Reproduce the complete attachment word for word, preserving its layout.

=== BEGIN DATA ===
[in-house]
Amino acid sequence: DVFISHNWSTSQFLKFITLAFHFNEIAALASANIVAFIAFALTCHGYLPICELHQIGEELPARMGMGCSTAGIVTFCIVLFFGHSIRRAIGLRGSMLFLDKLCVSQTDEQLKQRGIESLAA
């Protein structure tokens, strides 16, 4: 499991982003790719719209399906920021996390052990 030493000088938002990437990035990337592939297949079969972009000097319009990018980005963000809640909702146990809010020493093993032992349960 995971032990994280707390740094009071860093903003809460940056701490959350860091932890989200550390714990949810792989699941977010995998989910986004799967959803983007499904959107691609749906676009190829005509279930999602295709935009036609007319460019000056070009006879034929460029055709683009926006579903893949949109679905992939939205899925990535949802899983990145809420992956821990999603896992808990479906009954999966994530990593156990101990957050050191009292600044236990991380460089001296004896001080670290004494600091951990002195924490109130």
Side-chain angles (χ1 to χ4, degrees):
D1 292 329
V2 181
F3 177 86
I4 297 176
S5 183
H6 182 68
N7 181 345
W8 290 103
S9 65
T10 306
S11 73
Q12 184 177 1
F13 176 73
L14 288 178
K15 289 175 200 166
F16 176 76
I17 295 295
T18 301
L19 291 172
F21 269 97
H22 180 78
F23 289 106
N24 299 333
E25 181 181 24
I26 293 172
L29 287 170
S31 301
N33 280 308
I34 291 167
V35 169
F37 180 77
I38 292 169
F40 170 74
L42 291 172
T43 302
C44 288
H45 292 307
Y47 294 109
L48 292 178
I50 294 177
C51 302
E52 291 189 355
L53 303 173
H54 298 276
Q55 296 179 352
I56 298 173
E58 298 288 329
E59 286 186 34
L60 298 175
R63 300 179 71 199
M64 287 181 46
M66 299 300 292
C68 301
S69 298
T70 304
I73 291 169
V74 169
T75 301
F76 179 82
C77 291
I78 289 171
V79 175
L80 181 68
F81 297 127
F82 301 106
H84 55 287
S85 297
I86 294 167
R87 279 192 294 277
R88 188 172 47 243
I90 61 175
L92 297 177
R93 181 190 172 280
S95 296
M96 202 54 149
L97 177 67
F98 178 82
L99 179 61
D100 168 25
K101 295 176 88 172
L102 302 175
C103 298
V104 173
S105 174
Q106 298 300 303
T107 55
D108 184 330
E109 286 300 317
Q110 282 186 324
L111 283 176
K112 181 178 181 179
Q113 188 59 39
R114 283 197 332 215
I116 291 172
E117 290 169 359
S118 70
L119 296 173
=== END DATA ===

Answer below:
[in-house]
Amino acid sequence: DVFISHNWSTSQFLKFITLAFHFNEIAALASANIVAFIAFALTCHGYLPICELHQIGEELPARMGMGCSTAGIVTFCIVLFFGHSIRRAIGLRGSMLFLDKLCVSQTDEQLKQRGIESLAA
């Protein structure tokens, strides 16, 4: 499991982003790719719209399906920021996390052990 030493000088938002990437990035990337592939297949079969972009000097319009990018980005963000809640909702146990809010020493093993032992349960 995971032990994280707390740094009071860093903003809460940056701490959350860091932890989200550390714990949810792989699941977010995998989910986004799967959803983007499904959107691609749906676009190829005509279930999602295709935009036609007319460019000056070009006879034929460029055709683009926006579903893949949109679905992939939205899925990535949802899983990145809420992956821990999603896992808990479906009954999966994530990593156990101990957050050191009292600044236990991380460089001296004896001080670290004494600091951990002195924490109130």
Side-chain angles (χ1 to χ4, degrees):
D1 292 329
V2 181
F3 177 86
I4 297 176
S5 183
H6 182 68
N7 181 345
W8 290 103
S9 65
T10 306
S11 73
Q12 184 177 1
F13 176 73
L14 288 178
K15 289 175 200 166
F16 176 76
I17 295 295
T18 301
L19 291 172
F21 269 97
H22 180 78
F23 289 106
N24 299 333
E25 181 181 24
I26 293 172
L29 287 170
S31 301
N33 280 308
I34 291 167
V35 169
F37 180 77
I38 292 169
F40 170 74
L42 291 172
T43 302
C44 288
H45 292 307
Y47 294 109
L48 292 178
I50 294 177
C51 302
E52 291 189 355
L53 303 173
H54 298 276
Q55 296 179 352
I56 298 173
E58 298 288 329
E59 286 186 34
L60 298 175
R63 300 179 71 199
M64 287 181 46
M66 299 300 292
C68 301
S69 298
T70 304
I73 291 169
V74 169
T75 301
F76 179 82
C77 291
I78 289 171
V79 175
L80 181 68
F81 297 127
F82 301 106
H84 55 287
S85 297
I86 294 167
R87 279 192 294 277
R88 188 172 47 243
I90 61 175
L92 297 177
R93 181 190 172 280
S95 296
M96 202 54 149
L97 177 67
F98 178 82
L99 179 61
D100 168 25
K101 295 176 88 172
L102 302 175
C103 298
V104 173
S105 174
Q106 298 300 303
T107 55
D108 184 330
E109 286 300 317
Q110 282 186 324
L111 283 176
K112 181 178 181 179
Q113 188 59 39
R114 283 197 332 215
I116 291 172
E117 290 169 359
S118 70
L119 296 173